Why Does a Sauce Curdle?


Anyone who insists that oil and water don't mix never made salad dressing. Classics like mayonnaise, hollandaise, cheese and some custard sauces rest on a carefully-achieved balance among theoretically incompatible ingredients. Maintaining the balance becomes particularly challenging when some ingredients contain protein. When they separate, the resulting blotchy mess is called curdling, or breaking. Several techniques prevent curdling or help you rescue a sauce that has broken.

A Delicate Balance

  • When food historians discuss modern molecular gastronomy, they may begin with the creation of mayonnaise. Scientifically, sauces with the potential to curdle are suspensions, mixtures that disrupt chains of existing molecules to form a new substance. In a sugar-and-water solution, sugar and water molecules bond, or dissolve, permanently. Bonding in a suspension is only temporary. Like oil-and-vinegar dressing, suspensions all separate with time. In hollandaise, for example, oil rises, leaving clots of lemon juice-poached egg protein and liquid below. Poor measurement or mixing techniques, haste and temperature changes all prompt rapid deterioration of delicate suspension sauces.

Juggling Eggs

  • Emulsifiers, or substances that help dissimilar ingredients combine, are the key to many suspension sauces. The protein in egg yolk frequently serves as the emulsifier in sauces. In the presence of warmth, or low heat, the long molecular chains that compose proteins uncoil and absorb both acids and fats. The effect of acid on protein molecules is similar to cooking. With too much acid or too much heat, however, proteins recombine in solid clusters. Eggs, for example, scramble. Measuring vinegar carefully and using a double boiler are good ways to control the interactions of food acids and heat on egg protein.

Keeping a Grip

  • Both time and energy help oil and other ingredients combine in a suspension sauce. Be prepared to add both oil and acid very slowly to eggs while whisking vigorously. If you doubt your stamina, rely on your food processor or blender for prolonged, thorough mixing. Transferring lemon juice or oil to small pitchers which are easy to pour from slowly can help you control the pace at which ingredients are added and combined.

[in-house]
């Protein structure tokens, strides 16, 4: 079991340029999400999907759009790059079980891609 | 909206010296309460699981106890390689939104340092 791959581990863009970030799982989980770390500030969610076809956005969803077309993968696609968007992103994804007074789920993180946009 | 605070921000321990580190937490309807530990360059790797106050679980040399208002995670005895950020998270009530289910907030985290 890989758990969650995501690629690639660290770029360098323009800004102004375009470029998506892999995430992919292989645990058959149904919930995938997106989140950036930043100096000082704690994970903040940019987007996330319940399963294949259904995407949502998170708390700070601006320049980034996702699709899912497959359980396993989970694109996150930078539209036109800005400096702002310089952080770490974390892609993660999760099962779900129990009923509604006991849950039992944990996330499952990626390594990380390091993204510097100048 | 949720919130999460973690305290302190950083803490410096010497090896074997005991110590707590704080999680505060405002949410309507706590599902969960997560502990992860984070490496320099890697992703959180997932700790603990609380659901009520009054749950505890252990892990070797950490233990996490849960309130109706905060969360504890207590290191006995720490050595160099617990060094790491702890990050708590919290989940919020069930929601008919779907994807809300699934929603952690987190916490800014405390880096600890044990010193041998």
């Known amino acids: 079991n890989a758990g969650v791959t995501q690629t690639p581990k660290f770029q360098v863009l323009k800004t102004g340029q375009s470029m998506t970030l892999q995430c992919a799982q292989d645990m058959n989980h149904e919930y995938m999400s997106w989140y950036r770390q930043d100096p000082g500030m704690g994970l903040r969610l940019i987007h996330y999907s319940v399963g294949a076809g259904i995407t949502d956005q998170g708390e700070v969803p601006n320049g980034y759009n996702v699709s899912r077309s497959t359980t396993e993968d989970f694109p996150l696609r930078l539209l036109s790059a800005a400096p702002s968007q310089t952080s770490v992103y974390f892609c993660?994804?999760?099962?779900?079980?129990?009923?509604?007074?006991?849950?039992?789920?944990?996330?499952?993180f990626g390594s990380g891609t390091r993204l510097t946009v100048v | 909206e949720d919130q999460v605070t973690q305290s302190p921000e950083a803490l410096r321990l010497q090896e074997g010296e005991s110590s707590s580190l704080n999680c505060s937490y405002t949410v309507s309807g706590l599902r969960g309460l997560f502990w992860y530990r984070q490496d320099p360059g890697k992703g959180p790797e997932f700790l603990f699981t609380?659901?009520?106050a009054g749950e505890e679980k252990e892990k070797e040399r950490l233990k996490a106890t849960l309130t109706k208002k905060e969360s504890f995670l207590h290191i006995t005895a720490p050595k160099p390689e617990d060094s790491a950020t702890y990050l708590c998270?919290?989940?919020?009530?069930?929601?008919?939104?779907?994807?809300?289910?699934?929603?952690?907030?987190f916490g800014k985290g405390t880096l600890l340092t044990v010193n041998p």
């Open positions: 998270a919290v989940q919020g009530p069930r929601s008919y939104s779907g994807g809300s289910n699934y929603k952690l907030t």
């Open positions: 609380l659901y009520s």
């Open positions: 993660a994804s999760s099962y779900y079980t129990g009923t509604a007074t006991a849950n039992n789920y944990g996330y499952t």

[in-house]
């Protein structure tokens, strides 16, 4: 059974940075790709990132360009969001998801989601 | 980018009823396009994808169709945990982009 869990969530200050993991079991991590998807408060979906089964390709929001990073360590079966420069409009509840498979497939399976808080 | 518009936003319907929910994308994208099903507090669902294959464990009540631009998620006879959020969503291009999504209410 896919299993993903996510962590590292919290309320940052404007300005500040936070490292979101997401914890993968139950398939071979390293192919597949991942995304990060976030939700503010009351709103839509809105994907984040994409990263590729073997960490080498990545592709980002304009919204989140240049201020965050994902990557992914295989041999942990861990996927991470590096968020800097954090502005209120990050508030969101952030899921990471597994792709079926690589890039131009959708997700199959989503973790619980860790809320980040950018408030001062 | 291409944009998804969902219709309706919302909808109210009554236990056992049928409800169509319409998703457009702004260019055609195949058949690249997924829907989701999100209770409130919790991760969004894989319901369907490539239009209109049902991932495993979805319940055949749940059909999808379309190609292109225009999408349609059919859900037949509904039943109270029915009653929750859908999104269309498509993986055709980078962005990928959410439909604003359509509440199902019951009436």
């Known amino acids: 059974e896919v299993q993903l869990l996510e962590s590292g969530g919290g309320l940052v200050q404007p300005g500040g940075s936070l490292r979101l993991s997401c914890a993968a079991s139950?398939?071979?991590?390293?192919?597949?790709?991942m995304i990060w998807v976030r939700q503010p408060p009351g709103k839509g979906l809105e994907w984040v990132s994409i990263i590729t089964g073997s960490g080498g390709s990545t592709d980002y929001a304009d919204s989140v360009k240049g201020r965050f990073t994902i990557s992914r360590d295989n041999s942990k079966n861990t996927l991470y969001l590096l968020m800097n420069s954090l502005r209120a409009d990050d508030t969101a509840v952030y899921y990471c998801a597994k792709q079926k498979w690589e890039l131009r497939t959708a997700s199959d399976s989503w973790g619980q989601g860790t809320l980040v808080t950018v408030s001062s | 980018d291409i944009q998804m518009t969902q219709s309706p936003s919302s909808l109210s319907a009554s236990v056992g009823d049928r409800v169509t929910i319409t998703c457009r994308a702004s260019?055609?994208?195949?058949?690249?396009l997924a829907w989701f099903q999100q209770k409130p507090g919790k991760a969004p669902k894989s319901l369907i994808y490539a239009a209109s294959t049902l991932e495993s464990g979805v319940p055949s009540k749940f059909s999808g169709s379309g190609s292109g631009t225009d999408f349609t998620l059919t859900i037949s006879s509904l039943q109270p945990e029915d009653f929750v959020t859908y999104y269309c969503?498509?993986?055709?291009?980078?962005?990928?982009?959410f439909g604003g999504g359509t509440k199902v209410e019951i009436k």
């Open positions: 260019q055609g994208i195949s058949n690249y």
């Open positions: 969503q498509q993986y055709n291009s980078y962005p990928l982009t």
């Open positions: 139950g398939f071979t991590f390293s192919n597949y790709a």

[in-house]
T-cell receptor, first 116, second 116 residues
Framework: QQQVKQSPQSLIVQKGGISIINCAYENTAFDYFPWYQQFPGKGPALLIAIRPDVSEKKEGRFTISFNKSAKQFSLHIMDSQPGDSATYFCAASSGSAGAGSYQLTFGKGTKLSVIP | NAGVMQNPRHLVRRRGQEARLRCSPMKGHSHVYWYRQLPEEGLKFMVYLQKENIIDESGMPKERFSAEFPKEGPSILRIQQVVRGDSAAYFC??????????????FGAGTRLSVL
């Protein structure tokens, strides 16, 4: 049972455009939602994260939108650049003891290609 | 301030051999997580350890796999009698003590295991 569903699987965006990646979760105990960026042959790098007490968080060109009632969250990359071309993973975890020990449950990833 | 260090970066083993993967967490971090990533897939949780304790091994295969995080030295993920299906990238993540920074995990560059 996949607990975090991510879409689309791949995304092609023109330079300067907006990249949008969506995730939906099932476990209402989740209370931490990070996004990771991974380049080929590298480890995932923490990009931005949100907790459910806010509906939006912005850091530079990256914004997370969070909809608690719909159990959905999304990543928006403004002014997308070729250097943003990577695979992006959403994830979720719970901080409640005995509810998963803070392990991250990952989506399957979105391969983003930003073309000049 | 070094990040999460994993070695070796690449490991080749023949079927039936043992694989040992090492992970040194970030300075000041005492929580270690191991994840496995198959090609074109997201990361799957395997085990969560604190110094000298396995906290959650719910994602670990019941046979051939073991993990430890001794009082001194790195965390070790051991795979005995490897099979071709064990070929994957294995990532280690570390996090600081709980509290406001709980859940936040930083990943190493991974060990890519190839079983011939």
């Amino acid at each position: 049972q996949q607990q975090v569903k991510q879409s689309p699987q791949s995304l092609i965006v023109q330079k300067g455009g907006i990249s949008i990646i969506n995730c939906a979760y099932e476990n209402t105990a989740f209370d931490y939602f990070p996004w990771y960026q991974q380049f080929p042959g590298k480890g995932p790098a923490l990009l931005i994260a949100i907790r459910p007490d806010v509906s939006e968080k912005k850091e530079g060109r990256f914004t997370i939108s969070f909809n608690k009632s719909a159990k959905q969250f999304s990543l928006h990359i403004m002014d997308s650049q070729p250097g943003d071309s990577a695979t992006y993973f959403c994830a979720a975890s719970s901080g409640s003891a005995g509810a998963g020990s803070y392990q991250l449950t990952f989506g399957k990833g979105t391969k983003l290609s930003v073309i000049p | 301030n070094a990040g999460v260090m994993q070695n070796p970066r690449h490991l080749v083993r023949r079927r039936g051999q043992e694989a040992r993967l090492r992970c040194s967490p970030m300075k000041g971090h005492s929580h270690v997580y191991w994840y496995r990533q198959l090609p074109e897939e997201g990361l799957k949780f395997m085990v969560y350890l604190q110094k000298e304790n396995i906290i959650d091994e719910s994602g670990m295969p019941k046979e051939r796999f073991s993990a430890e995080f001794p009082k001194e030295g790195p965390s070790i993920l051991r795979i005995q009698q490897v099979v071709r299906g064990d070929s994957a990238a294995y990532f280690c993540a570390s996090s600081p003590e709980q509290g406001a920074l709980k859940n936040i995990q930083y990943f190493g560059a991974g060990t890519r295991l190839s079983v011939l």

Moving Right Along

  • Plan to use suspended sauces soon after they are made, and make only what your recipe requires. Their delicate balance can be disrupted by refrigeration or even a long wait while the rest of dinner cooks. Separation of ingredients is a greater danger than curdling in refrigeration, but a sauce left waiting on a counter can curdle as well.

Cheese, Please

  • Flour-based cheese sauce or the egg-and-cheese-enriched bechamel to top your moussaka present different curdling challenges. Cheese should be thoroughly melted to incorporate into the sauce, but this needs to be done at a low heat to prevent milk proteins from curdling. High heat can scramble added eggs. Extended cooking can also separate sauce ingredients, as flour molecules lose their ability to bond with fats. Proceed with the next step of your recipe as soon as sauce ingredients are thoroughly blended.

You to the Rescue

  • A curdled hollandaise that does not smell or taste of cooked egg can often be rescued by beating in another egg yolk and serving immediately. If it tastes like scrambled eggs, start again. Whisk a fresh egg yolk and a tablespoon of lemon juice or vinegar in a clean bowl, then strain and beat in your previously curdled mayonnaise. Beating in a few drops of boiling water the moment you notice the mayonnaise beginning to separate may be a quicker fix. Strain a curdled cheese sauce and beat it vigorously with a bit of cream. Promise yourself to devote a little more time, energy and precision to your next attempt.

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